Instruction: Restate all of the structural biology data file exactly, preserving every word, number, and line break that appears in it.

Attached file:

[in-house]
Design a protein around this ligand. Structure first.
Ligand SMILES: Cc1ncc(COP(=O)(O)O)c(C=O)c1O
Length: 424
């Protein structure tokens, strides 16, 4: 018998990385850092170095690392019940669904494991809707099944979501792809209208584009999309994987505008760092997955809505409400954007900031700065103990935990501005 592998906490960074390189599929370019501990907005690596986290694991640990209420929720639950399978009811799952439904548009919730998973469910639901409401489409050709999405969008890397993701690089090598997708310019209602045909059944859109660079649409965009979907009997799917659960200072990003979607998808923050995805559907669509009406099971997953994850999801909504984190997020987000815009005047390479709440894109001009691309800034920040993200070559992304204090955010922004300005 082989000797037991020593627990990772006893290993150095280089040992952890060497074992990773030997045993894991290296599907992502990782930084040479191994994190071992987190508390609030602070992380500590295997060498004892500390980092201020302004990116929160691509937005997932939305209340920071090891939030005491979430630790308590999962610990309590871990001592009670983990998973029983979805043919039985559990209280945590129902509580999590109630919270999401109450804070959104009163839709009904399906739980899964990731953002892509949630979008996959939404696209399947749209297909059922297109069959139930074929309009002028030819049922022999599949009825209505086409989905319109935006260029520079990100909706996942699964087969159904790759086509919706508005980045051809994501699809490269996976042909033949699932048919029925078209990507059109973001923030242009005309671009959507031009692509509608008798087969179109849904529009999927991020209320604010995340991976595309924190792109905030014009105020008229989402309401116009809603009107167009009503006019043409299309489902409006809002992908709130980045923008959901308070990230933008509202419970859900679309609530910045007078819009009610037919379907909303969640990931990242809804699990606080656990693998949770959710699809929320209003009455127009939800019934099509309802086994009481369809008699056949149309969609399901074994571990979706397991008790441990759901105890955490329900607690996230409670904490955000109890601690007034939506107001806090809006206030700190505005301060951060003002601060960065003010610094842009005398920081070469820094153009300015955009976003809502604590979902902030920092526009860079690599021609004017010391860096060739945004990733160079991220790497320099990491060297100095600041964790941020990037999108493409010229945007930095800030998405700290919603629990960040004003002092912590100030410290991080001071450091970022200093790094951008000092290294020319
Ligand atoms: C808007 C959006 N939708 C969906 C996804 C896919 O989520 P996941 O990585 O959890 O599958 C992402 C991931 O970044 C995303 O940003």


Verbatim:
[in-house]
Design a protein around this ligand. Structure first.
Ligand SMILES: Cc1ncc(COP(=O)(O)O)c(C=O)c1O
Length: 424
């Protein structure tokens, strides 16, 4: 018998990385850092170095690392019940669904494991809707099944979501792809209208584009999309994987505008760092997955809505409400954007900031700065103990935990501005 592998906490960074390189599929370019501990907005690596986290694991640990209420929720639950399978009811799952439904548009919730998973469910639901409401489409050709999405969008890397993701690089090598997708310019209602045909059944859109660079649409965009979907009997799917659960200072990003979607998808923050995805559907669509009406099971997953994850999801909504984190997020987000815009005047390479709440894109001009691309800034920040993200070559992304204090955010922004300005 082989000797037991020593627990990772006893290993150095280089040992952890060497074992990773030997045993894991290296599907992502990782930084040479191994994190071992987190508390609030602070992380500590295997060498004892500390980092201020302004990116929160691509937005997932939305209340920071090891939030005491979430630790308590999962610990309590871990001592009670983990998973029983979805043919039985559990209280945590129902509580999590109630919270999401109450804070959104009163839709009904399906739980899964990731953002892509949630979008996959939404696209399947749209297909059922297109069959139930074929309009002028030819049922022999599949009825209505086409989905319109935006260029520079990100909706996942699964087969159904790759086509919706508005980045051809994501699809490269996976042909033949699932048919029925078209990507059109973001923030242009005309671009959507031009692509509608008798087969179109849904529009999927991020209320604010995340991976595309924190792109905030014009105020008229989402309401116009809603009107167009009503006019043409299309489902409006809002992908709130980045923008959901308070990230933008509202419970859900679309609530910045007078819009009610037919379907909303969640990931990242809804699990606080656990693998949770959710699809929320209003009455127009939800019934099509309802086994009481369809008699056949149309969609399901074994571990979706397991008790441990759901105890955490329900607690996230409670904490955000109890601690007034939506107001806090809006206030700190505005301060951060003002601060960065003010610094842009005398920081070469820094153009300015955009976003809502604590979902902030920092526009860079690599021609004017010391860096060739945004990733160079991220790497320099990491060297100095600041964790941020990037999108493409010229945007930095800030998405700290919603629990960040004003002092912590100030410290991080001071450091970022200093790094951008000092290294020319
Ligand atoms: C808007 C959006 N939708 C969906 C996804 C896919 O989520 P996941 O990585 O959890 O599958 C992402 C991931 O970044 C995303 O940003």